Nigerian girls build robots to tackle waste
Pupils from Government Girls Secondary School Dutse work on their science project aimed at extracting harmful chemicals from non-biodegradable waste and turning the rest intofuel. Fifteen-year-old Audam Peace (far left) wants to become a gynaecologist. She says determination matters most to achieving any goalJon Spaull
To turn waste into useful recycled substances, the girls set up a condenser that will turn gases into liquids that can be used for energy productionJon Spaull
Pupils from Junior Secondary School Area 11 with their solar power project, demonstrating how solar cells can power household fittings, including a fan and light bulb. Uhegbu Ljeoma (far left) says the project opened her eyes to the world of science. She is now determined to pursue a career in technologyJon Spaull
A pupil wires a solar cell, an important element within the science project her class is carrying out on domestic solar powerJon Spaull
Stella Uzochukwu-Denis from the Odyssey Educational Foundation shows girls from Government Girls Secondary School Dutse how to build a robot.The foundation hosted the First Lego League challenge, in Abuja. In this competition, students programmed Lego robots donated by the toy firm to achieve a waste-based goalJon Spaull
The First Lego League challenge involves technical skills as well as creativity. As the robot takes shape, the girls learn to carefully follow instructions while also making their creation unique to impress the judgesJon Spaull
The participants put Lego pieces in position for the First Lego League Trash Trek challenge. This involves programming a robot to pick up and then drop off pieces of rubbish on a playing areaJon Spaull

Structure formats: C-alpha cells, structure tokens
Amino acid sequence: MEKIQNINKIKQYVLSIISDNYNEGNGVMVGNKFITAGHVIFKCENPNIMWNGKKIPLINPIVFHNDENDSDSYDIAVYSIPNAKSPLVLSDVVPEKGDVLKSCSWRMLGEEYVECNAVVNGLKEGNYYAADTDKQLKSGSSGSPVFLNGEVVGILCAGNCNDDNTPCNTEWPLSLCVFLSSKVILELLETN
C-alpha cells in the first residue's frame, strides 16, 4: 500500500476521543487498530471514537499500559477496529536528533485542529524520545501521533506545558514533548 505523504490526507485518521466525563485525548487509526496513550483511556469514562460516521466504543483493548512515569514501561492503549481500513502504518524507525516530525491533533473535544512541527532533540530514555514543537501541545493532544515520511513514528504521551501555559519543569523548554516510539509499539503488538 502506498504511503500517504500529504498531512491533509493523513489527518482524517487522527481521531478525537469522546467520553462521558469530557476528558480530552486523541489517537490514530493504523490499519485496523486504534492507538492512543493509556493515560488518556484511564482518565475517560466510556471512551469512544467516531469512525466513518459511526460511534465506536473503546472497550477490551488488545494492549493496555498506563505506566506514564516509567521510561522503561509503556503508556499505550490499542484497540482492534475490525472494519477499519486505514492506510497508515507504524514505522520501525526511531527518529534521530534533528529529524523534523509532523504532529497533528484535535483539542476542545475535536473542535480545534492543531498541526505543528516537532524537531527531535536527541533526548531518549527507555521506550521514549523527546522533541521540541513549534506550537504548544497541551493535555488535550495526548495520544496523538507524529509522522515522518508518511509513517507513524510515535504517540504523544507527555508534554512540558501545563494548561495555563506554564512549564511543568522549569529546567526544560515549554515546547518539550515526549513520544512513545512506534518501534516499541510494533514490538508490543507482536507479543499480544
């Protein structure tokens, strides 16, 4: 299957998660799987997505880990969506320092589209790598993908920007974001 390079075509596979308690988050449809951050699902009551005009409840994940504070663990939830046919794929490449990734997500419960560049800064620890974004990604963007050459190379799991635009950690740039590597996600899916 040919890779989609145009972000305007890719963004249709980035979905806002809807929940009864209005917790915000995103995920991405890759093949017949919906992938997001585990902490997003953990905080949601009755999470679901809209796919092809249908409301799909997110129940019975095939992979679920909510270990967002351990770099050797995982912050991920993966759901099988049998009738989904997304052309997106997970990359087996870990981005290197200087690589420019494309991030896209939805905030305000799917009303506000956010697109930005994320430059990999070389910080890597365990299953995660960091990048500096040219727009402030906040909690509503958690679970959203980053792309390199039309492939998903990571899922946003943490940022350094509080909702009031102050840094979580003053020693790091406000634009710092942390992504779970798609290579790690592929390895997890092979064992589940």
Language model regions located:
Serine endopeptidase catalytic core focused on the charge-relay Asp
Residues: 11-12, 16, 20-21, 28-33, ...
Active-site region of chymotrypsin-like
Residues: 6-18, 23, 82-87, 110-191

Two girls work on the Trash Trek challenge.The First Lego League brings research challenges facing todays scientists to schools all over the world. Pupils must embrace critical thinking and team work, and are empowered by heling to solve real-life problemsJon Spaull
Sixteen-year-old Lawal Alaifan Karimah makes sure the robot is programmed correctly so that it moves across the board picking up garbage and dropping it off in the correct places. She says that a girl can do whatever a boy canJon Spaull
The robot has to be precisely aligned so that it picks up the garbage firmlyJon Spaull
A programmed robot moves across the playing area to collect garbageJon Spaull
The organisation was set up by Stella Uzochukwu-Denis in 2013, after she travelled to India to complete an MSc. Set on pursuing a career in the telecommunications industry, she changed her mind when she discovered that school clubs in India taught children programming and provided extra STEM tuition. Inspired by the experience, she returned home determined to offer the same service to Nigerian children.
These photos were taken at the Government Girls Secondary School Dutse and the Junior Secondary School Area 11.
On 30 January, Nigeria hosted the First Lego League challenge, facilitated by the foundation. In this international competition, students program Lego mini robots to achieve a specific task. This year more than 233,000 competitors from 81 countries took up the challenge titled Trash Trek. It involved programming the robots to pick up and drop off pieces of garbage on a playing area, as well as demonstrating research projects related to the topic of waste.
The two schools presented projects involving recycling, waste disposal and solar energy for domestic use.